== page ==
I knew this guy well. Health nut, money no object. Teeth (sorry Brits) but like a bad Brit:Aimia confirmed that its long-time CEO, Rupert Duchesne – who had been on a leave of absence due to a medical issue, as he was being treated for chronic mercury poisoningTeeth yes, vaccines no. See my other comment.
The part that gets me crazy, beyond the ignorance, is the selfishness of all of it – putting others at risk.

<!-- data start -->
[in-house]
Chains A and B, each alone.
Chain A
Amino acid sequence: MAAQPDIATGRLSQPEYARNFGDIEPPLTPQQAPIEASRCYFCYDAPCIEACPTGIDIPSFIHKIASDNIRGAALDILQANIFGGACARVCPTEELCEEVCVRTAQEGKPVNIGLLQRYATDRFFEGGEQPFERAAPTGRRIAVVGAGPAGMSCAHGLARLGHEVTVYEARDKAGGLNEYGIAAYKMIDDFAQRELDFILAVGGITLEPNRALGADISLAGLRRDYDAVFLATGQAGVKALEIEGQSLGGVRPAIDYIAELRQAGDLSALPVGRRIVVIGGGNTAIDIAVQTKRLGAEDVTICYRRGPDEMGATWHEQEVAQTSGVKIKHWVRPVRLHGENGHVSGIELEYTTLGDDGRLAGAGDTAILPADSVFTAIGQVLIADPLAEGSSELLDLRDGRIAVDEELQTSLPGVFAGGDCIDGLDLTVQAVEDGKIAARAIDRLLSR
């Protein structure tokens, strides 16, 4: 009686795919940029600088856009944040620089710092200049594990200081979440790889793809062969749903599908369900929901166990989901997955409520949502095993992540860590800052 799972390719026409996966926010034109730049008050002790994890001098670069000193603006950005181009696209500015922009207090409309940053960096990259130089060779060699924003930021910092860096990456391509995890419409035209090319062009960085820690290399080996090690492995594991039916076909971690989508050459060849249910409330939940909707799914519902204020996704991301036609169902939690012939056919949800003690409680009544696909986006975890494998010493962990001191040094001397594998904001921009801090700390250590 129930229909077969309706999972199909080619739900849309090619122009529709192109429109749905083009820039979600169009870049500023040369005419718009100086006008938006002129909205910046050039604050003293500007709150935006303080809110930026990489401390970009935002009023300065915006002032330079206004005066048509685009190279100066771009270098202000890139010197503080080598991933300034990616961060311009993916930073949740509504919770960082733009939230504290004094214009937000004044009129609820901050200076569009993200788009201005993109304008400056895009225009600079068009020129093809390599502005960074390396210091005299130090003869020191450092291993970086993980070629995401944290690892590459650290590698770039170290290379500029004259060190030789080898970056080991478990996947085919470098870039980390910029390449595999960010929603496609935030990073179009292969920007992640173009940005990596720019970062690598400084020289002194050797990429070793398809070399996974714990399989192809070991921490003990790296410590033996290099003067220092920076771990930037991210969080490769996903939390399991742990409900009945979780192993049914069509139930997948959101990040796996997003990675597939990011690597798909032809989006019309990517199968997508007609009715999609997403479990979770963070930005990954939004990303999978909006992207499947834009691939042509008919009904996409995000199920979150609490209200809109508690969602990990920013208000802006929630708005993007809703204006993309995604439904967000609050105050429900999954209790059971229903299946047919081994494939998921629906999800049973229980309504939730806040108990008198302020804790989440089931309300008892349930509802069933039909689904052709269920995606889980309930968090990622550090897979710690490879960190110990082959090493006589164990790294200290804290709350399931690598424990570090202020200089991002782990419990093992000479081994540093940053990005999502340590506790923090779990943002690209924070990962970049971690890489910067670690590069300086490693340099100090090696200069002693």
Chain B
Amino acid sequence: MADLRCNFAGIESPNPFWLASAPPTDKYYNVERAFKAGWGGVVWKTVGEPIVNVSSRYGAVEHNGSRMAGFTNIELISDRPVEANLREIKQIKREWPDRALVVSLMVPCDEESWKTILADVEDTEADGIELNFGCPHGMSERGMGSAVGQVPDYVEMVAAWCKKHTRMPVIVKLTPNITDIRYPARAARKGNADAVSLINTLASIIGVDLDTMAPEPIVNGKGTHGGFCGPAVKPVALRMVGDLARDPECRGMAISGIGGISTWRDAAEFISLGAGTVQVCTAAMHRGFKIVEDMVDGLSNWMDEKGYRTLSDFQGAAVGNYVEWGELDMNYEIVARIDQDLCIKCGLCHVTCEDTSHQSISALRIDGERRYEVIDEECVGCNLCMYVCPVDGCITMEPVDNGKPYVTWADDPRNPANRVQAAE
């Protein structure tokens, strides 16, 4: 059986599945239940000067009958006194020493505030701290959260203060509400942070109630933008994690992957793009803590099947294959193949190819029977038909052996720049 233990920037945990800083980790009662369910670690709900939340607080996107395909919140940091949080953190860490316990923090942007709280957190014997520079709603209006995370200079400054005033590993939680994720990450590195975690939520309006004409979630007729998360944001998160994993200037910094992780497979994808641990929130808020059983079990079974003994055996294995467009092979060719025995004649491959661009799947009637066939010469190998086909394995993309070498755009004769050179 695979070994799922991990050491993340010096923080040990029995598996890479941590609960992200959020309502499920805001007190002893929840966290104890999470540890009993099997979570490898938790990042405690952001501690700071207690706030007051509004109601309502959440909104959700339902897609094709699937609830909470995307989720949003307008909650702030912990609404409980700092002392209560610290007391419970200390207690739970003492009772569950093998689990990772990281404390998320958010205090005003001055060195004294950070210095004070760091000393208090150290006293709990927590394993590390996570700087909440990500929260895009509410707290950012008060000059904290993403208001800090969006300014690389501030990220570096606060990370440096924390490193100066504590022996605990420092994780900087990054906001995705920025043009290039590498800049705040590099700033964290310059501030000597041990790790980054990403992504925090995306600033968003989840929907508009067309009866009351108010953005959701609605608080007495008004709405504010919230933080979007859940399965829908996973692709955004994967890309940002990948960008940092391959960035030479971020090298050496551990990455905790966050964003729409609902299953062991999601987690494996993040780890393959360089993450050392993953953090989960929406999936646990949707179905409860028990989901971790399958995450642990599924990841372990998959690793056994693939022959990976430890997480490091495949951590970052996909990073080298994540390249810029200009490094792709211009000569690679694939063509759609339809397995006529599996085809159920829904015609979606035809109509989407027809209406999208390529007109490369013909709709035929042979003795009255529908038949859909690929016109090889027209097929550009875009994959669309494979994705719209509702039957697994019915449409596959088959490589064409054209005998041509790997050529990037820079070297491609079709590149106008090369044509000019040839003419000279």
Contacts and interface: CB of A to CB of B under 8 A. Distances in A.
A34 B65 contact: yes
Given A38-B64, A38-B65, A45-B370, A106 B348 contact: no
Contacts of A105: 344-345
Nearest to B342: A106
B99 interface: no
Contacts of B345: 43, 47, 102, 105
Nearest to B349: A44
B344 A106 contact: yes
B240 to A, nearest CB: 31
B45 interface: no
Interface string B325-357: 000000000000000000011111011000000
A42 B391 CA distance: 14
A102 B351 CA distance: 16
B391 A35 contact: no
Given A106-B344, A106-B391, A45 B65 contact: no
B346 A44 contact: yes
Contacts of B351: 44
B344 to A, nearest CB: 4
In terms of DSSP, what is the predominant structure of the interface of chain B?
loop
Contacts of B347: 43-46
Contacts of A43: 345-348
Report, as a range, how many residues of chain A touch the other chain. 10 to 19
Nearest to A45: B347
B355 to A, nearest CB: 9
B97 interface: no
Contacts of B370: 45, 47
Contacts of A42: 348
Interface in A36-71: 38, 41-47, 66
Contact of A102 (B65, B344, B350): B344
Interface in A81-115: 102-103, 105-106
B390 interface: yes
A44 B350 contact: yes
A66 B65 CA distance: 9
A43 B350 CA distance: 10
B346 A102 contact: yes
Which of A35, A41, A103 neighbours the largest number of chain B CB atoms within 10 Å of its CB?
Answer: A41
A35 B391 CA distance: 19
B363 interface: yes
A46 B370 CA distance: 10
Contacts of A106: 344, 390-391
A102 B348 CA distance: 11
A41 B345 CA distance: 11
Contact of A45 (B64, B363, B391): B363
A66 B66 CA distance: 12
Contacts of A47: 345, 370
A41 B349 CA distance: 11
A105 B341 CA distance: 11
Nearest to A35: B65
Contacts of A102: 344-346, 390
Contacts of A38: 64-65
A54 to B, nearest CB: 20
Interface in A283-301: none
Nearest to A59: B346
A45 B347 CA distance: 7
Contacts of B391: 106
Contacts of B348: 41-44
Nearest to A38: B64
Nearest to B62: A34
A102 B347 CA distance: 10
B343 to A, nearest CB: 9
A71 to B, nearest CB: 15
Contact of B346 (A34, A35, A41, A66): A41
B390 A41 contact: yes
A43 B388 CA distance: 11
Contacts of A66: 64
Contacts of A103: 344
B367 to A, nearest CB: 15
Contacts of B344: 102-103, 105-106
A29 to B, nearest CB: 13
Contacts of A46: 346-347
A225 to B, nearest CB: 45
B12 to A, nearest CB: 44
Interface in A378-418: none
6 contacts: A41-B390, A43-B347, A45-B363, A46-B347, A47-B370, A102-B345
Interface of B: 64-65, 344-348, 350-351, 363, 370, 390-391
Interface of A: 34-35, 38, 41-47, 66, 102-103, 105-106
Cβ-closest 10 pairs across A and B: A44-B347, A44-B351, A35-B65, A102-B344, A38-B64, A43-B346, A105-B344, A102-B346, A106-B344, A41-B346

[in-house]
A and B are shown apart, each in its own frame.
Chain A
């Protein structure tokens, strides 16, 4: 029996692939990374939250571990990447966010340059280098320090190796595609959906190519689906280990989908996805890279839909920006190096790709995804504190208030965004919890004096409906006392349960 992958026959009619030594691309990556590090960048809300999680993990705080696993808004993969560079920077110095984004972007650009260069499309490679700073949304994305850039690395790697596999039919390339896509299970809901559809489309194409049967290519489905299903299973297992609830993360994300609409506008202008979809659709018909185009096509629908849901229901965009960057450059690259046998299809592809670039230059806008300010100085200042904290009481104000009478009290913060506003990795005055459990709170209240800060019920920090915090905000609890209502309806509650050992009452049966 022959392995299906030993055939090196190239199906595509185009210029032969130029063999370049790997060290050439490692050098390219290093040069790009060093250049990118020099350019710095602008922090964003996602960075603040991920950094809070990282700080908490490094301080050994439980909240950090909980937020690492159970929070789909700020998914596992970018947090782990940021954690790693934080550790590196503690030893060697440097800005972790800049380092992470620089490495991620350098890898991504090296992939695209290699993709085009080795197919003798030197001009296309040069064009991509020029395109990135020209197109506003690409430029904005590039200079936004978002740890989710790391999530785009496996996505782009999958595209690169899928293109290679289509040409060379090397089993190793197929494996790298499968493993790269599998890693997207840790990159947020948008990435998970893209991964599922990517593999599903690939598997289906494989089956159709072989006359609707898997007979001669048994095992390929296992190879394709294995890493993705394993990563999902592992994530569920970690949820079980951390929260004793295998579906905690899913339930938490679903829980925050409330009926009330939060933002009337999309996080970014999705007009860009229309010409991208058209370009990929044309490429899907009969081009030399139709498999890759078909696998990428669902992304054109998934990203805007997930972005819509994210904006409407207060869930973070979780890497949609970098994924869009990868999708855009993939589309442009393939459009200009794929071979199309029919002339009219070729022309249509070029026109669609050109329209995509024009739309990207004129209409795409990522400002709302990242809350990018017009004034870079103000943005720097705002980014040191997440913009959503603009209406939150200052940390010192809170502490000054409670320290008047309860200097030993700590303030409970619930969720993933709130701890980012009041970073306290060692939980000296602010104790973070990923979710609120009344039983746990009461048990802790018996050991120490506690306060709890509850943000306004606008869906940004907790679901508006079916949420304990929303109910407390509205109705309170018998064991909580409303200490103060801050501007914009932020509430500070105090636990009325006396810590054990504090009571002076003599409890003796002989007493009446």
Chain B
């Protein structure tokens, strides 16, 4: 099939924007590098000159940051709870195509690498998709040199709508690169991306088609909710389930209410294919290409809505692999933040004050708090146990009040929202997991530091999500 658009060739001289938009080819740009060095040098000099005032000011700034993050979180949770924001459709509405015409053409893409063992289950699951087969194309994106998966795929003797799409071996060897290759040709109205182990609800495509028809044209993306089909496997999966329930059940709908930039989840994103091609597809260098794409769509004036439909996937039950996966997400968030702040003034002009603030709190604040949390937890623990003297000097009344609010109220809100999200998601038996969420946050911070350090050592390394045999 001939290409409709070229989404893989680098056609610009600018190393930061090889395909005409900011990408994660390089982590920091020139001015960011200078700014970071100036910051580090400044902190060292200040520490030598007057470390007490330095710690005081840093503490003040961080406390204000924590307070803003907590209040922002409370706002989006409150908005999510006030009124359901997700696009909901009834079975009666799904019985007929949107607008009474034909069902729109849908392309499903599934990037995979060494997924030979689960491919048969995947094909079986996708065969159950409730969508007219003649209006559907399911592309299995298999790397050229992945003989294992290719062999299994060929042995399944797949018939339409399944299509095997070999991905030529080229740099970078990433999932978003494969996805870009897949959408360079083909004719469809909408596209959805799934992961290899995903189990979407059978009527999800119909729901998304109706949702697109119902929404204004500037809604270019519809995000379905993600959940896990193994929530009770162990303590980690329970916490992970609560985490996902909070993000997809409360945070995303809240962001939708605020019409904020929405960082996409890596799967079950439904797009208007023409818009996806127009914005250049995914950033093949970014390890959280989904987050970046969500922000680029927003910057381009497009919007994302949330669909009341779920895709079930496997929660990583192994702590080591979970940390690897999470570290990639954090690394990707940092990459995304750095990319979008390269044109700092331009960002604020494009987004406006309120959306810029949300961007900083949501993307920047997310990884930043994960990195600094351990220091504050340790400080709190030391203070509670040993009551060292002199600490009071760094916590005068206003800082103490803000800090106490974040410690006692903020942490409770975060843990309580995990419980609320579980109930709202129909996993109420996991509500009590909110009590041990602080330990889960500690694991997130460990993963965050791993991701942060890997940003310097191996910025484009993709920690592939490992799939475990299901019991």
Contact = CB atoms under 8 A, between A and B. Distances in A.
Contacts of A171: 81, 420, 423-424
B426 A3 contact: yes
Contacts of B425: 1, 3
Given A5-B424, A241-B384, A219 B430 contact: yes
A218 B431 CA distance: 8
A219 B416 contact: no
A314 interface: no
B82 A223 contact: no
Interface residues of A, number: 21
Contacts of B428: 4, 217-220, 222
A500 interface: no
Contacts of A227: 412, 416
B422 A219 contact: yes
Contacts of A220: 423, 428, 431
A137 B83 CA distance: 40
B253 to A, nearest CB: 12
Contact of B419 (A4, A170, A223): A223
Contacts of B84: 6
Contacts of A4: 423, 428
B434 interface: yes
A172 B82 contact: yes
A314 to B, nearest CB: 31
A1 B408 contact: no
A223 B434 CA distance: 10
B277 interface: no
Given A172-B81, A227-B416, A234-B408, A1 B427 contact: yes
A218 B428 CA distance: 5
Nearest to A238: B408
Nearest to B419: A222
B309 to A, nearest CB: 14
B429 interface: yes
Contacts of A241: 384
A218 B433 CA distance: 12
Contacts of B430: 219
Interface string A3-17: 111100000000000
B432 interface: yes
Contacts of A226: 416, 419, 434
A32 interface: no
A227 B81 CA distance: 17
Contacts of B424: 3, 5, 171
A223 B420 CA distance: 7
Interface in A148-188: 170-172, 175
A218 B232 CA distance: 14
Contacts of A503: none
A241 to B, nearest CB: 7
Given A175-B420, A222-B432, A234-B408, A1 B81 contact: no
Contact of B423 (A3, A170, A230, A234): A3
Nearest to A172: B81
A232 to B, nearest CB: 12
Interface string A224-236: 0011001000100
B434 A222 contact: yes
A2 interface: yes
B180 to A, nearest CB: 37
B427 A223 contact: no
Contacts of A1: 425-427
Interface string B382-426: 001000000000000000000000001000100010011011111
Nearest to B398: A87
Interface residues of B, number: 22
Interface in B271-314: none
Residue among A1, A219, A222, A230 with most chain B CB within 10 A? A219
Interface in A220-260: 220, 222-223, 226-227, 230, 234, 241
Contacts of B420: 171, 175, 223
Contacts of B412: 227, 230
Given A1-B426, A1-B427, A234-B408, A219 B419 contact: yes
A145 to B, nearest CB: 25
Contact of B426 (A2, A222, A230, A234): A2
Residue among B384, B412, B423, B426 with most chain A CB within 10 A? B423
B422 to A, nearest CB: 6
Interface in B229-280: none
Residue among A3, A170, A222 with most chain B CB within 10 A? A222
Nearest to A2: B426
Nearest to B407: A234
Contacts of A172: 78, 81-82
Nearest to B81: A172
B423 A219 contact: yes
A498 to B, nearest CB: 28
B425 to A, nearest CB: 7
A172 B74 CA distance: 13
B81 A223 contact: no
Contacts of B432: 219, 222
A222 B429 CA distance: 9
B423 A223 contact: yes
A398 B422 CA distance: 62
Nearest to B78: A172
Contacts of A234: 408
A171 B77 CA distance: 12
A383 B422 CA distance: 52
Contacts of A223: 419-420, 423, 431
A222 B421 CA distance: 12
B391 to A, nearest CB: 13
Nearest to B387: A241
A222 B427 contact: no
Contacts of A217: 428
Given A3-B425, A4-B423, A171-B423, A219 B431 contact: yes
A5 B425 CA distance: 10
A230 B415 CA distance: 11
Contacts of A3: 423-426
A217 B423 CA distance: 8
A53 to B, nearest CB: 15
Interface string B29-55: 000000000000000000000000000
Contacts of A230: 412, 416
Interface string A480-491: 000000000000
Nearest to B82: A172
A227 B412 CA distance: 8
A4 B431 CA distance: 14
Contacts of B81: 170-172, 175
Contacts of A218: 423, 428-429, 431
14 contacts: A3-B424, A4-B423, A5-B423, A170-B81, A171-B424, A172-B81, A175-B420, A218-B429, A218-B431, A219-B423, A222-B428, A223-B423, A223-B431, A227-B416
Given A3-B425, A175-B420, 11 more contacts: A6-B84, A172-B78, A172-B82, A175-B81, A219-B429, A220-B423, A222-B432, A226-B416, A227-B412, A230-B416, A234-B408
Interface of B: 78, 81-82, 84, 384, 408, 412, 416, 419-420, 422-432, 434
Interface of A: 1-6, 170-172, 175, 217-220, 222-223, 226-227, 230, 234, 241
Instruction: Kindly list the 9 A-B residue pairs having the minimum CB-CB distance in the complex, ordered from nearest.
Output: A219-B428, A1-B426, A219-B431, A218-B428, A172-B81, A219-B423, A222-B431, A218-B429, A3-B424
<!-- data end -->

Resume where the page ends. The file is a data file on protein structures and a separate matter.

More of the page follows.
To start and to be clear agree with vaccinations obviously (I get all of them got zostavax a few years ago even and some others as well).Anyway they don’t think it’s selfish. It involves their child and they think they are protecting their child at all costs by (in their mind) preventing harm. And if you notice anytime something revolves around children the entire world (and especially parents) go emotionally bonkers and rationality (what you are thinking should be happening) goes out the window.Look at Megan’s law as an example. Predators have to report where they are and can’t live in certain places (near school etc.). Murderers, rapists and other criminals? No such requirement (even though there are 1000x of them and obviously there is danger just the same).Think about it in those terms and the behavior actually makes sense, right? Fear of unknown leads to irrational behavior that magnifies risk.So once again when something is emotional information is magnified in a way that you can’t rationally process the true risk.I remember when their were anthrax envelope stories. I would get envelopes know that those envelopes almost certainly didn’t contain anthtrax but I was still for a short period of time fearful of opening them. And wouldn’t you have a bit more fear flying on a day out of an airport in the same airline and airplane where on that very day there was a major airplane crash? Most people would (not everyone but many no doubt). It seems more possible. Rationally you are probably less at risk (everyone is more careful after an accident).That said the way to deal with this is with psychology not with providing more information (that proves them wrong) and definitely not by making someone think what they are doing is selfish.